More on plate discipline

A few extra developments following from my “Plate Discipline” article and post.  Several people have suggested a few possible developments and I’ve taken a little bit of a look at some things.  For those of you interested in all of the raw numbers from 2006, you can find them here.
Justin at On Baseball and the Reds commented on the piece suggesting that I might be able to identify groups of players (low sensitivity and low response bias).  That’s do-able.  I reached back into my bag of statistical tricks and pulled out a method that does just that.  It’s called cluster analysis.  It takes a bunch of data points and figures out which two are the closest together.  They get put into a group.  Keep repeating the same process.  At some point, I’ll do an explanation piece on how it works, but for now, just understand that it creates groups of data points.  The most logical solution was a five cluster solution.  The clusters shook out as three groups with high sensitivity with one being with really high response bias, one with really low response bias, and one with high sensitivity and a response bias around 1.0.  The final two groups were medium sensitivity with a response bias around 1.0 and low sensitivity with a response bias around 1.0.  I found that odd.  The group that had the widest variations in response bias were the high sensitivity players.  I looked at a graph plotting sensitivity numbers against response bias numbers and found the following, which looks like a megaphone.
sensitivity_by_response_bias.JPG
It looks like the better a hitter knows the strike zone, the more he can get away with either being very patient or being very aggressive.  Interesting.
Peter Jensen, commenting on TangoTiger’s blog, pointed out that a batter might take a strike if the pitch was one that he couldn’t hit.  He recommended doing a study only on full counts.  This way, the pitcher has no incentive to throw anything out of the strike zone (a throw-away pitch) and the batter has no incentive to take the pitch if he thinks it’s in the strike zone.  I ran the data, using overall data from 2004-2006 the old fashioned way, and then only on 3-2 pitches (and only used player who had seen 100 such pitches over those three years) and found that response biases jumped.  And how!  The correlation between overall response bias and 3-2 response bias was .209.  The correlation between sensitivity in both situations, however, was .605.  Not perfect, but still pretty good.  It looks like players change their approach in different counts, but are still pretty consistent in differentiating between balls and strikes.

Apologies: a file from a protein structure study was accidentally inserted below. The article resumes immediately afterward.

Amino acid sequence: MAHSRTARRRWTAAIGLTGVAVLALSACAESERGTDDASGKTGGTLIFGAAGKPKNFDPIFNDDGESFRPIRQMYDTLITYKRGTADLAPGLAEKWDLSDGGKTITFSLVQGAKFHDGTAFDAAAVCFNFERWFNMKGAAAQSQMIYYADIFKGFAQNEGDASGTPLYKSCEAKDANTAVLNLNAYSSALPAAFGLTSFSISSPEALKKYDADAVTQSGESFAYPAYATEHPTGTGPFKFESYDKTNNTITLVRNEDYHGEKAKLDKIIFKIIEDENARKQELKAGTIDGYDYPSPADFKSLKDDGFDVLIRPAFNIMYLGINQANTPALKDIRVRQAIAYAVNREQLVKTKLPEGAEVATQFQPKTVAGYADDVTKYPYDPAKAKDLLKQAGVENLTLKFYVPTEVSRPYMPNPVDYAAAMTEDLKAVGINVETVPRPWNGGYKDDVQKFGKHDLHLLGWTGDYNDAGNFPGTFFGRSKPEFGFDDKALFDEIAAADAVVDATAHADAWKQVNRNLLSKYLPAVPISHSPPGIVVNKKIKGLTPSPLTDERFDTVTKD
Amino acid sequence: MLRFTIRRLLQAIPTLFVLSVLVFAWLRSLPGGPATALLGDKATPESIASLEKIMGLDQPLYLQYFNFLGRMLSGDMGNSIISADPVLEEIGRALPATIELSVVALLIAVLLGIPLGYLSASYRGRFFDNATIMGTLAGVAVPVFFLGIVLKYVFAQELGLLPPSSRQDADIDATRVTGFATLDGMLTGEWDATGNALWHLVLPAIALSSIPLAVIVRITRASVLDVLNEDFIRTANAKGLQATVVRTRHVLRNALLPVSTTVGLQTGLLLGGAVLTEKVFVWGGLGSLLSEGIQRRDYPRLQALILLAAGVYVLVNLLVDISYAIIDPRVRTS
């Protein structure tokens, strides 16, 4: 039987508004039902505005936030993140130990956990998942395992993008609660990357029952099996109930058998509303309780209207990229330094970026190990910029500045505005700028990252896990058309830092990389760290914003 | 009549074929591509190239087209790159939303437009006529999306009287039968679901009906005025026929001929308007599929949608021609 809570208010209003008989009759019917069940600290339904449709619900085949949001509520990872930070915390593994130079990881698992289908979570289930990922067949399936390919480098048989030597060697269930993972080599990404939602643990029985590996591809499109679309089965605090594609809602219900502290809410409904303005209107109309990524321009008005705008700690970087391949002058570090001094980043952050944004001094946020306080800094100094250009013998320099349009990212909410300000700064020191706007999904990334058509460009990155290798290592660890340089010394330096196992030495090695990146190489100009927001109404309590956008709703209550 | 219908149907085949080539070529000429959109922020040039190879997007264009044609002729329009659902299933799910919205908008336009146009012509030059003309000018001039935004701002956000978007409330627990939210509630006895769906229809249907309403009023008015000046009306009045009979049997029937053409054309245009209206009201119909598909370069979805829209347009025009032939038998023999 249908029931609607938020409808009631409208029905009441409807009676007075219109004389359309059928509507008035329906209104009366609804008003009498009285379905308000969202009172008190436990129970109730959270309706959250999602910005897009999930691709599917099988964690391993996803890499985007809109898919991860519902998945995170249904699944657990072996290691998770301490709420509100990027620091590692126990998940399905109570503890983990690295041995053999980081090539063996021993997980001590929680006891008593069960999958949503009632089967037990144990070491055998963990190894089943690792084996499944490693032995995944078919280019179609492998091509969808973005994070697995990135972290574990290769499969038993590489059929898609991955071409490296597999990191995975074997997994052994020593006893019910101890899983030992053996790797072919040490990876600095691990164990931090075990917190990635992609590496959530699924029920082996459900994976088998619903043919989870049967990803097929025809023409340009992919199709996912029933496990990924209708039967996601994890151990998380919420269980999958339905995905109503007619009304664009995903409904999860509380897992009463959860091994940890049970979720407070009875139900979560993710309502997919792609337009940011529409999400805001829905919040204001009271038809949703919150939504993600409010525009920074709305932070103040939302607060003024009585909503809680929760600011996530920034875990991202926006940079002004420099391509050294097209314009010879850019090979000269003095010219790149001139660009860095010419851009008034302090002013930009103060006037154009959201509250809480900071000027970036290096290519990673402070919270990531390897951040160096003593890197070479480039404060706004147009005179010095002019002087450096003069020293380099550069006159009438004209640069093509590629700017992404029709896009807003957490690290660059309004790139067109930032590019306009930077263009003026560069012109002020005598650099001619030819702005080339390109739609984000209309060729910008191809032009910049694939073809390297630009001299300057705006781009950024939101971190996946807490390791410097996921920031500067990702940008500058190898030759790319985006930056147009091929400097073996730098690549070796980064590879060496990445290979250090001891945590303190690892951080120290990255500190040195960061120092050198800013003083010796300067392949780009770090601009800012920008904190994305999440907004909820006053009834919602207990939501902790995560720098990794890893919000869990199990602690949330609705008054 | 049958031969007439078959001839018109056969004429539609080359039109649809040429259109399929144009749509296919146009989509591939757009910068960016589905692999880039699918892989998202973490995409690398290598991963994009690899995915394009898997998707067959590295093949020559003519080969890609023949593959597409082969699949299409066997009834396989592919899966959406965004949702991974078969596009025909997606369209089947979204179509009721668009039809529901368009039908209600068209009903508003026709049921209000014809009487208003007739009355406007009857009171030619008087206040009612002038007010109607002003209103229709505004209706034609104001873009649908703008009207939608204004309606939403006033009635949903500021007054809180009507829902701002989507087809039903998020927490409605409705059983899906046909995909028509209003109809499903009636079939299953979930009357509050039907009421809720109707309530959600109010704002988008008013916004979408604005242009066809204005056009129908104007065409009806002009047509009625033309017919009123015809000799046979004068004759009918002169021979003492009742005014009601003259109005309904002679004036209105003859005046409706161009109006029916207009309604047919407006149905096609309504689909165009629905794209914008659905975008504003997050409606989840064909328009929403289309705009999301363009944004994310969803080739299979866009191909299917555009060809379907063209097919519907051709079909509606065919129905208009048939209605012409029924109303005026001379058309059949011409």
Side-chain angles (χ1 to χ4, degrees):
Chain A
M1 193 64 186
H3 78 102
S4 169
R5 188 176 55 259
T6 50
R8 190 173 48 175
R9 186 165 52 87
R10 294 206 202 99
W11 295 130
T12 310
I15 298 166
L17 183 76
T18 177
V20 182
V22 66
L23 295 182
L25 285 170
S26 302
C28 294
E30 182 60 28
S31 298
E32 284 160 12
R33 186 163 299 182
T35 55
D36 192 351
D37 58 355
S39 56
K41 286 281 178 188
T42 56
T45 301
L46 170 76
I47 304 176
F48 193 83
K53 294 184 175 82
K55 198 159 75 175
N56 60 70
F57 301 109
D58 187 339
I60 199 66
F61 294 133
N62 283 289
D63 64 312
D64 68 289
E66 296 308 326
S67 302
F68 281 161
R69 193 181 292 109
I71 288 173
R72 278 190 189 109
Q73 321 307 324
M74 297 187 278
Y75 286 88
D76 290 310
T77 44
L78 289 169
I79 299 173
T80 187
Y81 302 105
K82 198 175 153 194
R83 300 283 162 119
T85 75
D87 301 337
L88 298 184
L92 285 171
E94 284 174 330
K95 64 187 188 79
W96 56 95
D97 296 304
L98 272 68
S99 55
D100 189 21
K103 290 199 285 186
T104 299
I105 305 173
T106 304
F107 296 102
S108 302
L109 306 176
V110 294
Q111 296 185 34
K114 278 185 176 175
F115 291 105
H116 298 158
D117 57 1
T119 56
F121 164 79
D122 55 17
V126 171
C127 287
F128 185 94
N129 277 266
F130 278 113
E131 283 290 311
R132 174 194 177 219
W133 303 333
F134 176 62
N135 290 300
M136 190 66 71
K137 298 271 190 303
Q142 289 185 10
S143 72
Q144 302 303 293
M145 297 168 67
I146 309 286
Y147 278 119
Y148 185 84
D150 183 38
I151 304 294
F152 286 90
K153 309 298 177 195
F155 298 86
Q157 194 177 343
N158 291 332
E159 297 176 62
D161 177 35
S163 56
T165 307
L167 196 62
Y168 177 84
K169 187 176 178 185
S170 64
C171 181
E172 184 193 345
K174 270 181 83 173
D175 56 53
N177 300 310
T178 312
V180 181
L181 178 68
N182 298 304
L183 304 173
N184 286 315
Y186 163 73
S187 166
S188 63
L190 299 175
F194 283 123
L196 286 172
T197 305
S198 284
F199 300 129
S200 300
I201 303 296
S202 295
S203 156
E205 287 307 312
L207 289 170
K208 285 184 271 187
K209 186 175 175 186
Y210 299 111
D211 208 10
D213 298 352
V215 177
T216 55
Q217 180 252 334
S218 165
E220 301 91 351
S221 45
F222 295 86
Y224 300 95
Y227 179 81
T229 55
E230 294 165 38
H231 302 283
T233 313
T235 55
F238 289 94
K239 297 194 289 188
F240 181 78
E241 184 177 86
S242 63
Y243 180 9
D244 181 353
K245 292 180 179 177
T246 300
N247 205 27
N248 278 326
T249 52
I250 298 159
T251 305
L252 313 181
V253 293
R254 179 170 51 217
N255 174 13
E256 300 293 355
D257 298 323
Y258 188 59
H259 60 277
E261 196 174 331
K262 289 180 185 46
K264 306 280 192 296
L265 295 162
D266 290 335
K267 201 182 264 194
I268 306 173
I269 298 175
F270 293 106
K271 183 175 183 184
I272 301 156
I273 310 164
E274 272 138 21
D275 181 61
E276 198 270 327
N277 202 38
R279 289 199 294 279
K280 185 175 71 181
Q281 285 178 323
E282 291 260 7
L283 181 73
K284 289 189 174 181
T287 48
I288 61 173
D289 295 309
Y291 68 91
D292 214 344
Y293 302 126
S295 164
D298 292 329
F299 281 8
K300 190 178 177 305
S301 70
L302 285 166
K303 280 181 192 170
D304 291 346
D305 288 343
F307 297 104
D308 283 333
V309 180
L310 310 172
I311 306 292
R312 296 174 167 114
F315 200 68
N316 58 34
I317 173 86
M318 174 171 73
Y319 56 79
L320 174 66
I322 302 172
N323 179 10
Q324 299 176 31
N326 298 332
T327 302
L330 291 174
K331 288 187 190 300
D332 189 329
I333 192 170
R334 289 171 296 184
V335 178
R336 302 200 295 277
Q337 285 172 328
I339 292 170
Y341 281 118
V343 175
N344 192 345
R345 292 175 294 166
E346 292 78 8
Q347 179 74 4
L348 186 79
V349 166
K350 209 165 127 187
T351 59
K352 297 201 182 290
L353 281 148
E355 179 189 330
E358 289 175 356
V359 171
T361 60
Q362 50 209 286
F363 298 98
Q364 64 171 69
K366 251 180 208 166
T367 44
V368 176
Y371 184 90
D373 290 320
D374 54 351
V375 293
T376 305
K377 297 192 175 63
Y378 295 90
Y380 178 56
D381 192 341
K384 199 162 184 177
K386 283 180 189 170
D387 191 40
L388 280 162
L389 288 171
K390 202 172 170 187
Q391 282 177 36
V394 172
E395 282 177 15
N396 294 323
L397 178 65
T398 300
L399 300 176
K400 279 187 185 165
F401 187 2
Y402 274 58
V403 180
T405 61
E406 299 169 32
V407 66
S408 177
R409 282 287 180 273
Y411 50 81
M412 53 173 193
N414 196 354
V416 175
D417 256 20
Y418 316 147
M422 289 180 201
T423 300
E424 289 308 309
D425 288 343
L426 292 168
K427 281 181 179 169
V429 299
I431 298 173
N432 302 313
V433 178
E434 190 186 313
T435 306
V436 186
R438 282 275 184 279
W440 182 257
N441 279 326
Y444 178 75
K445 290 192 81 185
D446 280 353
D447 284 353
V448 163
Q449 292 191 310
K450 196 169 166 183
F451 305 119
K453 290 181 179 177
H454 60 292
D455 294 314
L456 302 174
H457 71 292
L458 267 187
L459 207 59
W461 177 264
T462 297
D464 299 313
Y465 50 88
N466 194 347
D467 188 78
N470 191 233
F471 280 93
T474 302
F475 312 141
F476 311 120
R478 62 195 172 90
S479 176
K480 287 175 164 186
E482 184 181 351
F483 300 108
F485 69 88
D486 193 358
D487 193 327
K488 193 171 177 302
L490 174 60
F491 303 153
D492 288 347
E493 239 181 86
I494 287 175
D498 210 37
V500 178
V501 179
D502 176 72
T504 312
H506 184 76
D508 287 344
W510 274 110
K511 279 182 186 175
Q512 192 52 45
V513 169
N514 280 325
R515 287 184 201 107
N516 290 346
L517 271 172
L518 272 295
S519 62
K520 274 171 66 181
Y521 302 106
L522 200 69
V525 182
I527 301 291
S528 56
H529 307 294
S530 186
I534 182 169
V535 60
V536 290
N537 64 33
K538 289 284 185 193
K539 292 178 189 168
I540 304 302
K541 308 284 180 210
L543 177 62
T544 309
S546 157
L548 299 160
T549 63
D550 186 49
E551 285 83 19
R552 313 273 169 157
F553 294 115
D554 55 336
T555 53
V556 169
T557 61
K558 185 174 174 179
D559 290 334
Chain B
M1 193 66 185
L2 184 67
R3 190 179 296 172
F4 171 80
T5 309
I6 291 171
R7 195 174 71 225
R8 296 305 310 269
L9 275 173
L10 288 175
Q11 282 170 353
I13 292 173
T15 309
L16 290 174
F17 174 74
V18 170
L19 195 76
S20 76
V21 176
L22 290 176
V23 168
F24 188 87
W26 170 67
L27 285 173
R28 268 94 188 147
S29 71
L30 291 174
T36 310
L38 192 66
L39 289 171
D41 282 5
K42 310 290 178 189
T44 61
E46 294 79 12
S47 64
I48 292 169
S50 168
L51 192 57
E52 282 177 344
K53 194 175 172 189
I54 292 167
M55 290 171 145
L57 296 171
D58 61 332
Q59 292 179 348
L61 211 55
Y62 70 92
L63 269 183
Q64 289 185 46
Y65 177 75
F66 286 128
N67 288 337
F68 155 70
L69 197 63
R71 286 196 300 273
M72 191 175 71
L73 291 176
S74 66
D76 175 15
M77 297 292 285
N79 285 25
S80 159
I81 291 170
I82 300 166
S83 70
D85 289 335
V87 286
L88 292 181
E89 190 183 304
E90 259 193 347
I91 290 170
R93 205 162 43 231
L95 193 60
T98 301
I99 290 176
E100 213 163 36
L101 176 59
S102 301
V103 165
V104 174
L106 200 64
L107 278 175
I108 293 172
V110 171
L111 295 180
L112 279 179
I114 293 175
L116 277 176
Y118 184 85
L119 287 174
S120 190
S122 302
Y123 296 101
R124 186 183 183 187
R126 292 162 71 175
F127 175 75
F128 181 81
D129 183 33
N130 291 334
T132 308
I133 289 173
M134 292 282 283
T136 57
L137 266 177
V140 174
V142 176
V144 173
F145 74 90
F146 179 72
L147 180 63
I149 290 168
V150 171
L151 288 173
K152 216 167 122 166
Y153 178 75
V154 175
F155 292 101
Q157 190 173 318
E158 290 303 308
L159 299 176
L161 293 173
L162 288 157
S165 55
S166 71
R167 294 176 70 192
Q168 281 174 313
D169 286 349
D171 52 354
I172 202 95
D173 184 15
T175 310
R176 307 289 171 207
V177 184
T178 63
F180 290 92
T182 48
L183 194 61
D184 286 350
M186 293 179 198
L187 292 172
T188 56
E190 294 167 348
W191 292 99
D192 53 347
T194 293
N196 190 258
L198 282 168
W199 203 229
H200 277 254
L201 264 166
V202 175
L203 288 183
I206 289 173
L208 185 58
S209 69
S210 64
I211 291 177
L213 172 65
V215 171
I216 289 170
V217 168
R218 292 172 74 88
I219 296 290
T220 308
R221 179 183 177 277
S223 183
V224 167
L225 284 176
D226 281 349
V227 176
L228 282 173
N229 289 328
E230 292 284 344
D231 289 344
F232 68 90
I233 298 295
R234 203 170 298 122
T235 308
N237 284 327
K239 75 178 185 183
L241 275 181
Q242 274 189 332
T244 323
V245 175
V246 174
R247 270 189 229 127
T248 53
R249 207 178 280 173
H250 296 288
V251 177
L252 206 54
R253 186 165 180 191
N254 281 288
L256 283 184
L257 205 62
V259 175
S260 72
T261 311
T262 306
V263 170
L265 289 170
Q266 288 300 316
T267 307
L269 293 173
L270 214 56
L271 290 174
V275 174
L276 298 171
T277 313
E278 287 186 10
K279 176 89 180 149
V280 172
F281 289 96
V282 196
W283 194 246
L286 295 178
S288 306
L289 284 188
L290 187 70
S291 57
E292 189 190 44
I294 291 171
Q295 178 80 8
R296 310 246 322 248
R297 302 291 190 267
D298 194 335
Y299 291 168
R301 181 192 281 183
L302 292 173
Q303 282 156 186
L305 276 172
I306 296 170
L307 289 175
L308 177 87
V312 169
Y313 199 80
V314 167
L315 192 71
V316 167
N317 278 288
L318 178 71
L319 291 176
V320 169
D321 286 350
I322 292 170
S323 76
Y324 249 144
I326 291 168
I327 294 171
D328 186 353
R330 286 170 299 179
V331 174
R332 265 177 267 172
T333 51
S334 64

Dan Fox from Baseball Prospectus (reproduced on his blog) has his own take on the subject, which I found to be rather enlightening.  He pulled out the dataset from MLB Enhanced GameDay’s pitch location data and took a look and published a few metrics of his own.  He points out that the problem with the dataset is that this information is only collected at certain ballparks.  But, it’s the beginning of a good framework.  I’d like to see how many pitches in the strike zone that a batter swings at, but misses.  (Update: ask and ye shall receive!)  Maybe there will be more from that.
In any case, thank you all for your comments.

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